If you have no previous experience looking after chickens, it’s best to start with just two or three hens. All hens, note - no cockerels.This will introduce you gently to the routines of egg-collecting, coop cleaning, and hen feeding.
Apart from that, though, chickens are very good at looking after themselves. They tend to stick together in a loose flock, even if foraging in a garden or meadow, and they always know when it’s time for bed. All you need to do is make sure the coop is open, and they will retire at dusk.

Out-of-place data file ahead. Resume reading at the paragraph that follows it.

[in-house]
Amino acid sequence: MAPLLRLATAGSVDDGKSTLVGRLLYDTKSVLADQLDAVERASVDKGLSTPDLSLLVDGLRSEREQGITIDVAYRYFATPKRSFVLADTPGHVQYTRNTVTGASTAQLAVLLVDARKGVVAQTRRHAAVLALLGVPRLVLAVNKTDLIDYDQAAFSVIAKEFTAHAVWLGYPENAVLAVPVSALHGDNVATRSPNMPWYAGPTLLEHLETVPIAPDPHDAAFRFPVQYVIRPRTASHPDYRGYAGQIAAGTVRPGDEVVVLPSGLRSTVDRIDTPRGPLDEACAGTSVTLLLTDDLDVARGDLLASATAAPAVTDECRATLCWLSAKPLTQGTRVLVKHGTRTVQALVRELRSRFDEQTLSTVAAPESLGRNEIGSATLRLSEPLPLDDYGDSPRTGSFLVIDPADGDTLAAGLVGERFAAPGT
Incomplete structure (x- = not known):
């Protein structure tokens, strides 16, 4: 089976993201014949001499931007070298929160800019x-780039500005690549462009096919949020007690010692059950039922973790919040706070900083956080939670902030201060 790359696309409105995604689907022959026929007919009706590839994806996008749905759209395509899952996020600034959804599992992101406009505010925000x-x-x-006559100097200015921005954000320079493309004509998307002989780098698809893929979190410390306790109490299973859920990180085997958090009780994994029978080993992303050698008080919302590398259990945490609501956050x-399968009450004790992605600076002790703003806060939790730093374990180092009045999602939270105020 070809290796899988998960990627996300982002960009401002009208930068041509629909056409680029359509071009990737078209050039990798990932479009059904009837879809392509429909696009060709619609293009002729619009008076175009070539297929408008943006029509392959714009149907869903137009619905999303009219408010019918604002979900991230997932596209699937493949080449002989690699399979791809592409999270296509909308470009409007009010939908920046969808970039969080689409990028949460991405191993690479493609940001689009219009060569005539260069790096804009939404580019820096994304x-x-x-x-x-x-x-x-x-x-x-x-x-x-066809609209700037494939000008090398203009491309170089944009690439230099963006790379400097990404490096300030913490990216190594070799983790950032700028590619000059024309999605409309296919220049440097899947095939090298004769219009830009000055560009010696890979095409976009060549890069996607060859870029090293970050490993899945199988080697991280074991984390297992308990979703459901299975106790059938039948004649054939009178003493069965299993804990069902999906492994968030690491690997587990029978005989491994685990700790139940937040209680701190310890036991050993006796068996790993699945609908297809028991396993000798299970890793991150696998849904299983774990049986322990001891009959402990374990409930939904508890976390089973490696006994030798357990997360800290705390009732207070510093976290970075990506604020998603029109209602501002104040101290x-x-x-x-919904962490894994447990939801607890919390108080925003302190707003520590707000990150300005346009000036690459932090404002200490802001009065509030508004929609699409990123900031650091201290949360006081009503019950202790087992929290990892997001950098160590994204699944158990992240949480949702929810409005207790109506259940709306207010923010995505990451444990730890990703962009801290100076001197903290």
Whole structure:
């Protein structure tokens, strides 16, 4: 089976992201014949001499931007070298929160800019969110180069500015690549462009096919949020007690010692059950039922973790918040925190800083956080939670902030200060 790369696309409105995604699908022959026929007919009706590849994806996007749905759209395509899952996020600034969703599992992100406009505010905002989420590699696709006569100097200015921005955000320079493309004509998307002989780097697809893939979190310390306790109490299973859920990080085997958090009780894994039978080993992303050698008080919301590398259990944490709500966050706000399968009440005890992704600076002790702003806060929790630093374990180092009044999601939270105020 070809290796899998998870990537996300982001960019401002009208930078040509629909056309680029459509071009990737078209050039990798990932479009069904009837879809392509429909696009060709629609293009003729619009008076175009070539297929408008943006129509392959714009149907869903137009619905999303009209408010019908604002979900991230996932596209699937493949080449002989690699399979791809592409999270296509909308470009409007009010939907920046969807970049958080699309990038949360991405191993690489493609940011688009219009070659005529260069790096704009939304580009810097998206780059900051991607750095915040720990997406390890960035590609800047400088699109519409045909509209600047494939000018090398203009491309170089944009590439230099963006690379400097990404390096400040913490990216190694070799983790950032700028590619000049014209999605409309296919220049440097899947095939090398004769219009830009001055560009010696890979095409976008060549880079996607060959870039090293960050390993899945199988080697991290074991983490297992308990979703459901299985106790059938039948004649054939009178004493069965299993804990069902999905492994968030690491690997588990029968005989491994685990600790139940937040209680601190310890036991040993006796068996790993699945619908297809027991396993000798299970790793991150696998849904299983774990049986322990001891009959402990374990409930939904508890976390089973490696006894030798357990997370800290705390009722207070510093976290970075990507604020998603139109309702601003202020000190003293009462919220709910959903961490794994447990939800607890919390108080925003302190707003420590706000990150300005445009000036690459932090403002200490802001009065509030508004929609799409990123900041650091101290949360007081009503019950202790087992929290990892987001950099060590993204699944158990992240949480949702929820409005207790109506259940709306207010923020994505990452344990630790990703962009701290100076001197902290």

This is too many chickens for a beginner!
It’s not recommended to start with just one hen, though. Chickens are sociable animals, and although some breeds get used to human company and can become household pets, that’s not something a complete beginner should consider.
Once you have some experience with hens, you can start to boost the humbers - if that’s what you any. Many owners are perfectly happy with just two of three birds, and the 9 to 15 eggs that will lay - most weeks, at least.